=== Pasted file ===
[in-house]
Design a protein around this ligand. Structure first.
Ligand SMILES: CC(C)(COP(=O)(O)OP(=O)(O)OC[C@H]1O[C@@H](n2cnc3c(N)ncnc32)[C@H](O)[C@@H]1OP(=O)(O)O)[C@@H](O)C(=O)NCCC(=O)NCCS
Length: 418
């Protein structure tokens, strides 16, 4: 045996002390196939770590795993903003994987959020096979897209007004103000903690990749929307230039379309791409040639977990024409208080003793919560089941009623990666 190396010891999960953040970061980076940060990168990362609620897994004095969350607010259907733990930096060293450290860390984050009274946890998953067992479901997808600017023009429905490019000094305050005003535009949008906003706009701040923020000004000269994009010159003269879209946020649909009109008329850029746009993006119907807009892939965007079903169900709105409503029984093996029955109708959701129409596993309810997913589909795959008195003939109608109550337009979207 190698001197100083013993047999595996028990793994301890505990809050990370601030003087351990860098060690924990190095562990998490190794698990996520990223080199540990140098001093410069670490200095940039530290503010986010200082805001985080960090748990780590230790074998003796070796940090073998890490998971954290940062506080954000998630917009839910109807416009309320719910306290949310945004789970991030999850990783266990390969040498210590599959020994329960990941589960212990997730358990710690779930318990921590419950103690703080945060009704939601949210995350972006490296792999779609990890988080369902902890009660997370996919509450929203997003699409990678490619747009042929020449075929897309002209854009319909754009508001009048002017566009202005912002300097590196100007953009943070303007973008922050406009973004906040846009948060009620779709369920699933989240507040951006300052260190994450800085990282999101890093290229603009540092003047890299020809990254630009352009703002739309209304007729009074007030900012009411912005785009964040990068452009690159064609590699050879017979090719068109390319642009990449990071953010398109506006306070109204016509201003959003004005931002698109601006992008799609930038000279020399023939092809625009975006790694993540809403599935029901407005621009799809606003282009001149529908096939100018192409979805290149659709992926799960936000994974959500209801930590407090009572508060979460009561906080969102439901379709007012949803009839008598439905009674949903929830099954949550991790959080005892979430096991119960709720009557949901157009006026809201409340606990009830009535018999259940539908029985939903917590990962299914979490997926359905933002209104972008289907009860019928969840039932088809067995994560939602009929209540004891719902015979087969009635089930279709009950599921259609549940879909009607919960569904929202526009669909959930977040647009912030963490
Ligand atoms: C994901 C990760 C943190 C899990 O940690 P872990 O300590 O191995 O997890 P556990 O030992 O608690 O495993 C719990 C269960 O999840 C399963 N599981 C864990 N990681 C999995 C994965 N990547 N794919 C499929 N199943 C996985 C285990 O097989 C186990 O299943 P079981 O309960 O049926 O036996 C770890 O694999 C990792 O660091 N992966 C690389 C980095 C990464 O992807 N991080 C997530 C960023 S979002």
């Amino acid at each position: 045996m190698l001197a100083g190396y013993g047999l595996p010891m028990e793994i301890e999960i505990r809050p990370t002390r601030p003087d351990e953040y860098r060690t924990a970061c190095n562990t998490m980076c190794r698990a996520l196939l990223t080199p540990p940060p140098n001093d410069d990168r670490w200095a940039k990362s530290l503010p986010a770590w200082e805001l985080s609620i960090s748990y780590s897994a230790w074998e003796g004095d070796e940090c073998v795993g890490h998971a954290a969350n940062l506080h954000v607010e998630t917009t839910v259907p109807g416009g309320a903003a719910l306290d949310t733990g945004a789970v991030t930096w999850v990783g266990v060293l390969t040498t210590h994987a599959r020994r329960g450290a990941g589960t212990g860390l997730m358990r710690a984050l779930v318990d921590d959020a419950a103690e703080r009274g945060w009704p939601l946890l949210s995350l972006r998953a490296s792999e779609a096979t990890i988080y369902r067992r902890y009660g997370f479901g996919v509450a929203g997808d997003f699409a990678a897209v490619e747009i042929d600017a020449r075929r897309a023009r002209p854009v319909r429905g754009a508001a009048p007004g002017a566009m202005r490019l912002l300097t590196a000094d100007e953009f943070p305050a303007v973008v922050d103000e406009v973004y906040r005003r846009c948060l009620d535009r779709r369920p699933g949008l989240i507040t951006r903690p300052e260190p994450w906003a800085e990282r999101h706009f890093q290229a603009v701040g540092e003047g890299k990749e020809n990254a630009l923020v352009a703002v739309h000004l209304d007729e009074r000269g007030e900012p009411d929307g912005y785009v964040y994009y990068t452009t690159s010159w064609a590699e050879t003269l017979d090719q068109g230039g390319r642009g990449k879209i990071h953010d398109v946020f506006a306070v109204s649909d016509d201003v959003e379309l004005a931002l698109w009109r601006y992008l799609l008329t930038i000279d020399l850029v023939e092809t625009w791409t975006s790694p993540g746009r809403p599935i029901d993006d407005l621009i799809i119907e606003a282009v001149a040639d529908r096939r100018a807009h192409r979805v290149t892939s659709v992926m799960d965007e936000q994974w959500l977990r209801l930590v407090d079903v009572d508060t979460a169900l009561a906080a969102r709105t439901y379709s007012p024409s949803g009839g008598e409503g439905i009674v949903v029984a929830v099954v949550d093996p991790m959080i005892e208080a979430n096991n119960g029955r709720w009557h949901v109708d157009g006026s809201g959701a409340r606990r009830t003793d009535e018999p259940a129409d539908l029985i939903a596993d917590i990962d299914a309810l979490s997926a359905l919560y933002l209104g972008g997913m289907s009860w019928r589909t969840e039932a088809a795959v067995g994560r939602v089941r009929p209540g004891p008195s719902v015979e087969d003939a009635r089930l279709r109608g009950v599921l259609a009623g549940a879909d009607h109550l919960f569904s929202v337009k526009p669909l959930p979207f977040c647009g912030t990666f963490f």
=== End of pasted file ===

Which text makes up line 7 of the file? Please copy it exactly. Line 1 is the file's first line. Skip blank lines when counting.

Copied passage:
């Amino acid at each position: 045996m190698l001197a100083g190396y013993g047999l595996p010891m028990e793994i301890e999960i505990r809050p990370t002390r601030p003087d351990e953040y860098r060690t924990a970061c190095n562990t998490m980076c190794r698990a996520l196939l990223t080199p540990p940060p140098n001093d410069d990168r670490w200095a940039k990362s530290l503010p986010a770590w200082e805001l985080s609620i960090s748990y780590s897994a230790w074998e003796g004095d070796e940090c073998v795993g890490h998971a954290a969350n940062l506080h954000v607010e998630t917009t839910v259907p109807g416009g309320a903003a719910l306290d949310t733990g945004a789970v991030t930096w999850v990783g266990v060293l390969t040498t210590h994987a599959r020994r329960g450290a990941g589960t212990g860390l997730m358990r710690a984050l779930v318990d921590d959020a419950a103690e703080r009274g945060w009704p939601l946890l949210s995350l972006r998953a490296s792999e779609a096979t990890i988080y369902r067992r902890y009660g997370f479901g996919v509450a929203g997808d997003f699409a990678a897209v490619e747009i042929d600017a020449r075929r897309a023009r002209p854009v319909r429905g754009a508001a009048p007004g002017a566009m202005r490019l912002l300097t590196a000094d100007e953009f943070p305050a303007v973008v922050d103000e406009v973004y906040r005003r846009c948060l009620d535009r779709r369920p699933g949008l989240i507040t951006r903690p300052e260190p994450w906003a800085e990282r999101h706009f890093q290229a603009v701040g540092e003047g890299k990749e020809n990254a630009l923020v352009a703002v739309h000004l209304d007729e009074r000269g007030e900012p009411d929307g912005y785009v964040y994009y990068t452009t690159s010159w064609a590699e050879t003269l017979d090719q068109g230039g390319r642009g990449k879209i990071h953010d398109v946020f506006a306070v109204s649909d016509d201003v959003e379309l004005a931002l698109w009109r601006y992008l799609l008329t930038i000279d020399l850029v023939e092809t625009w791409t975006s790694p993540g746009r809403p599935i029901d993006d407005l621009i799809i119907e606003a282009v001149a040639d529908r096939r100018a807009h192409r979805v290149t892939s659709v992926m799960d965007e936000q994974w959500l977990r209801l930590v407090d079903v009572d508060t979460a169900l009561a906080a969102r709105t439901y379709s007012p024409s949803g009839g008598e409503g439905i009674v949903v029984a929830v099954v949550d093996p991790m959080i005892e208080a979430n096991n119960g029955r709720w009557h949901v109708d157009g006026s809201g959701a409340r606990r009830t003793d009535e018999p259940a129409d539908l029985i939903a596993d917590i990962d299914a309810l979490s997926a359905l919560y933002l209104g972008g997913m289907s009860w019928r589909t969840e039932a088809a795959v067995g994560r939602v089941r009929p209540g004891p008195s719902v015979e087969d003939a009635r089930l279709r109608g009950v599921l259609a009623g549940a879909d009607h109550l919960f569904s929202v337009k526009p669909l959930p979207f977040c647009g912030t990666f963490f």